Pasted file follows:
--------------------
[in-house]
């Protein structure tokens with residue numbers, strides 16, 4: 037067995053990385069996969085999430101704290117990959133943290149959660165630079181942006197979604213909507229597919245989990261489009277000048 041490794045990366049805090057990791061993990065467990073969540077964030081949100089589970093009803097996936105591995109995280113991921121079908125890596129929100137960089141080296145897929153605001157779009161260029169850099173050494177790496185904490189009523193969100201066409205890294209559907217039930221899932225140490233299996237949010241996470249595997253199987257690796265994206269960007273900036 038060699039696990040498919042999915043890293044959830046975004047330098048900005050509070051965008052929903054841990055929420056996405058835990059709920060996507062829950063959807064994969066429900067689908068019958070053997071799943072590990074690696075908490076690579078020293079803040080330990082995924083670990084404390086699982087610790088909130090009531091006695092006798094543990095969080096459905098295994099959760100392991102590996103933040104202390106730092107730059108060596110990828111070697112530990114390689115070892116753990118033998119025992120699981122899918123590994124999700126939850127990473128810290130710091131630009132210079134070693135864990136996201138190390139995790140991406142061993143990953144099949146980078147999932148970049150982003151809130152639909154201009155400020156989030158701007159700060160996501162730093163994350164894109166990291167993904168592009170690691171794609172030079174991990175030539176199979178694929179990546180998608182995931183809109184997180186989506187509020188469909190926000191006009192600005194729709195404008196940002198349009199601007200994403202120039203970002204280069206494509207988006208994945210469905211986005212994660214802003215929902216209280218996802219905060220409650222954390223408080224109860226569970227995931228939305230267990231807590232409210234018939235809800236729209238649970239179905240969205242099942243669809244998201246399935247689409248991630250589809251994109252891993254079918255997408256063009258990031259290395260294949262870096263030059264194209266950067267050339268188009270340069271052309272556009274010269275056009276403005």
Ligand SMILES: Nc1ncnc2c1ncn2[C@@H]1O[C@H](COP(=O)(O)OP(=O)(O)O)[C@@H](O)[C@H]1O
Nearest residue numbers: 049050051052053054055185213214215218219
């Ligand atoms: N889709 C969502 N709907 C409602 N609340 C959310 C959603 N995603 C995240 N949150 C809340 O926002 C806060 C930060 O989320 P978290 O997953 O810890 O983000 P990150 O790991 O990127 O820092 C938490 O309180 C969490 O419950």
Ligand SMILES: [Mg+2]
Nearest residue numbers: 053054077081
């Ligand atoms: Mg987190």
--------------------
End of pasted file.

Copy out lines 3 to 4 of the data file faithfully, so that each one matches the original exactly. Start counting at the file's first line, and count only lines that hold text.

Ligand SMILES: Nc1ncnc2c1ncn2[C@@H]1O[C@H](COP(=O)(O)OP(=O)(O)O)[C@@H](O)[C@H]1O
Nearest residue numbers: 049050051052053054055185213214215218219